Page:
29th July 2021
By Roland Sebestyén
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An American football superstar is facing a lawsuit after a cannabis company accused him and his compatriots of illegally harvesting and selling the drug for millions of dollars a month.

The Independent reports on court hearings which revealed Julio Jones, one of the best wide receivers of the National Football League (NFL), was part of a business that failed to report sales of cannabis since March.

According to the California-based cannabis company Genetixs, the company that filed the suit, Mr Jones and his partners harvested and sold cannabis that was estimated to be worth around $3 million a month.

In the lawsuit, it is stated: “The scope of said defendants’ theft, black-market sales, money laundering, and diversion of assets and expenses without documentation or approval, is staggering and has caused, and is causing, Genetixs substantial and irreparable harm and damage.”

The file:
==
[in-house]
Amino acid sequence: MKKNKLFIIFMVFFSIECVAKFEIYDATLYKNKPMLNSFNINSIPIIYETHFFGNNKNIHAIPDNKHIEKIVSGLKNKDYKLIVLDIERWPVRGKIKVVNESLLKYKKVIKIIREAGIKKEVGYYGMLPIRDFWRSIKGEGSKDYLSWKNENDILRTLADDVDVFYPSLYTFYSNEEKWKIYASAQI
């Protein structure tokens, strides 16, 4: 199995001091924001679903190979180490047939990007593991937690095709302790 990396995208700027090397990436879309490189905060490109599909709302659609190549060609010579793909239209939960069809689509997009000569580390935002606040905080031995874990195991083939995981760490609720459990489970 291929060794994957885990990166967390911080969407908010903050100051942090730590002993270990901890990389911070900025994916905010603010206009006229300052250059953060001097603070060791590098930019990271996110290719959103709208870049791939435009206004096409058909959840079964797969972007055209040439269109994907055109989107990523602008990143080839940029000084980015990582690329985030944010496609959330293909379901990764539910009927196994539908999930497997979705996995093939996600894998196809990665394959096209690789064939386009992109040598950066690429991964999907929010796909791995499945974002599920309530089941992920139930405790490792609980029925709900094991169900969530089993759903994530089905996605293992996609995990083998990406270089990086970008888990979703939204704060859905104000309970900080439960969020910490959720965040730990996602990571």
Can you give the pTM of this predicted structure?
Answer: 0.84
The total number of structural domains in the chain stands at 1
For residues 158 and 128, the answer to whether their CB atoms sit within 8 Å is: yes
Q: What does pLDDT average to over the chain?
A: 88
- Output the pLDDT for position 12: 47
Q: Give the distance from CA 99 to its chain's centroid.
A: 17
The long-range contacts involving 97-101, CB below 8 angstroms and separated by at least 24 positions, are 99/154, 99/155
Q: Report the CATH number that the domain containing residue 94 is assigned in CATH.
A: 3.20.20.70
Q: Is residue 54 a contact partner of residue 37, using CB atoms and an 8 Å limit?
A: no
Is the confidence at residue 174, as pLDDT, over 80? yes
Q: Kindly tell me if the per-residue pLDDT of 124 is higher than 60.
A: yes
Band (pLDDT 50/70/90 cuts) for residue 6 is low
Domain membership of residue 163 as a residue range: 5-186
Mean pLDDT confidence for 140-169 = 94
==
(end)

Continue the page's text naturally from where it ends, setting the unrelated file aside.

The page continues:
At the same time, the attorney who represents the defendants said the allegations were only “conspiracy theories.”

An attorney from SLW Holdings added: “The vague allegations against SLW Holdings LLC and its members Roddy White and Julio Jones are meritless.

“In May, SLW obtained a temporary restraining order in a related civil case to prevent unlawful conduct involving Genetixs LLC.

“In reply, the defendants argued conspiracy theories that were not proven by evidence in court, nor were they substantiated before any agency.”

Julio Jones is not the first athlete who got in trouble because of cannabis over the last few weeks.

US sprinting superstar Sha’Carri Richardson was denied her place on the USA’s team for the Tokyo Olympics as she failed a cannabis test during the Olympics trials.

Her case caused a massive uproar all around the world as cannabis users and advocates criticised the International Olympics Committee (IOC) for its strict cannabis policy – especially as cannabis use is now legal in many American states and even permitted in the NFL.

Nonetheless, cannabis is still a banned substance in most sports, despite the ongoing easing of cannabis prohibition and a lack of evidence that it is a performance-enhancing drug.

The drug was classified as a “substance of abuse” by the World Anti-Doping Agency since January this year.

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